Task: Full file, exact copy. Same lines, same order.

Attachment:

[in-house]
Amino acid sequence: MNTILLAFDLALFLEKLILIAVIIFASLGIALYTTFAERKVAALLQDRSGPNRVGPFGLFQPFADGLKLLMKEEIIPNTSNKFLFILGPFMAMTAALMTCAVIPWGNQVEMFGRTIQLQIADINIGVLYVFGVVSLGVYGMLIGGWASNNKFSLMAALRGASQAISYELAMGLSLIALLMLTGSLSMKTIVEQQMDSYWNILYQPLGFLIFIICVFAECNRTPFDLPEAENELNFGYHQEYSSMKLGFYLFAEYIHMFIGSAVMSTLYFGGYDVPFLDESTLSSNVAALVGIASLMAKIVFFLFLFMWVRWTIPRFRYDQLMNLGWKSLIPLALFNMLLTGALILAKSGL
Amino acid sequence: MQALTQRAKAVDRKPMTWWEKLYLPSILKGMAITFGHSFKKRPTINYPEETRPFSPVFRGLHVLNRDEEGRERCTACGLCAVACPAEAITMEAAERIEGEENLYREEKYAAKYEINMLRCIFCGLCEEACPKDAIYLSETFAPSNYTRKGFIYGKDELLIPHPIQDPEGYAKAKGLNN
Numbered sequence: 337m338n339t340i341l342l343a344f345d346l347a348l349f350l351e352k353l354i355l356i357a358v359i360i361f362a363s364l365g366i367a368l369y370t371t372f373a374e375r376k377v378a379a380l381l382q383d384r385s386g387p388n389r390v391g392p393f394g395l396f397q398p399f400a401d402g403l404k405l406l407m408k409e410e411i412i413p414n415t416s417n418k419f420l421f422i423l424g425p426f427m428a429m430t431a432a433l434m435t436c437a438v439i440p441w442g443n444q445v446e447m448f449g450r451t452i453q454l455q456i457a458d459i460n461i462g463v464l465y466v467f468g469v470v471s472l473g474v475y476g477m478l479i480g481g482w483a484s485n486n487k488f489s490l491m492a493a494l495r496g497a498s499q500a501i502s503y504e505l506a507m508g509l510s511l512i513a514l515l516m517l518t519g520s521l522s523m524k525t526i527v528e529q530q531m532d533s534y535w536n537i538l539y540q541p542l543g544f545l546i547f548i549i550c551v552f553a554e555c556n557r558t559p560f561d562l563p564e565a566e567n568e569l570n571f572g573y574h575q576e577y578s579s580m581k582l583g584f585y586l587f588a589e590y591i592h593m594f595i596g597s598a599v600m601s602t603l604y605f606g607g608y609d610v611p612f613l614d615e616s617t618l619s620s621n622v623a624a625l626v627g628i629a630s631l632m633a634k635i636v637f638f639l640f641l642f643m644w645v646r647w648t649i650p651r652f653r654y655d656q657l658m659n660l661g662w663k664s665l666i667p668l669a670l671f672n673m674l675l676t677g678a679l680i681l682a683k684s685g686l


[in-house]
Amino acid sequence: MNTILLAFDLALFLEKLILIAVIIFASLGIALYTTFAERKVAALLQDRSGPNRVGPFGLFQPFADGLKLLMKEEIIPNTSNKFLFILGPFMAMTAALMTCAVIPWGNQVEMFGRTIQLQIADINIGVLYVFGVVSLGVYGMLIGGWASNNKFSLMAALRGASQAISYELAMGLSLIALLMLTGSLSMKTIVEQQMDSYWNILYQPLGFLIFIICVFAECNRTPFDLPEAENELNFGYHQEYSSMKLGFYLFAEYIHMFIGSAVMSTLYFGGYDVPFLDESTLSSNVAALVGIASLMAKIVFFLFLFMWVRWTIPRFRYDQLMNLGWKSLIPLALFNMLLTGALILAKSGL
Amino acid sequence: MQALTQRAKAVDRKPMTWWEKLYLPSILKGMAITFGHSFKKRPTINYPEETRPFSPVFRGLHVLNRDEEGRERCTACGLCAVACPAEAITMEAAERIEGEENLYREEKYAAKYEINMLRCIFCGLCEEACPKDAIYLSETFAPSNYTRKGFIYGKDELLIPHPIQDPEGYAKAKGLNN
Numbered sequence: 337m338n339t340i341l342l343a344f345d346l347a348l349f350l351e352k353l354i355l356i357a358v359i360i361f362a363s364l365g366i367a368l369y370t371t372f373a374e375r376k377v378a379a380l381l382q383d384r385s386g387p388n389r390v391g392p393f394g395l396f397q398p399f400a401d402g403l404k405l406l407m408k409e410e411i412i413p414n415t416s417n418k419f420l421f422i423l424g425p426f427m428a429m430t431a432a433l434m435t436c437a438v439i440p441w442g443n444q445v446e447m448f449g450r451t452i453q454l455q456i457a458d459i460n461i462g463v464l465y466v467f468g469v470v471s472l473g474v475y476g477m478l479i480g481g482w483a484s485n486n487k488f489s490l491m492a493a494l495r496g497a498s499q500a501i502s503y504e505l506a507m508g509l510s511l512i513a514l515l516m517l518t519g520s521l522s523m524k525t526i527v528e529q530q531m532d533s534y535w536n537i538l539y540q541p542l543g544f545l546i547f548i549i550c551v552f553a554e555c556n557r558t559p560f561d562l563p564e565a566e567n568e569l570n571f572g573y574h575q576e577y578s579s580m581k582l583g584f585y586l587f588a589e590y591i592h593m594f595i596g597s598a599v600m601s602t603l604y605f606g607g608y609d610v611p612f613l614d615e616s617t618l619s620s621n622v623a624a625l626v627g628i629a630s631l632m633a634k635i636v637f638f639l640f641l642f643m644w645v646r647w648t649i650p651r652f653r654y655d656q657l658m659n660l661g662w663k664s665l666i667p668l669a670l671f672n673m674l675l676t677g678a679l680i681l682a683k684s685g686l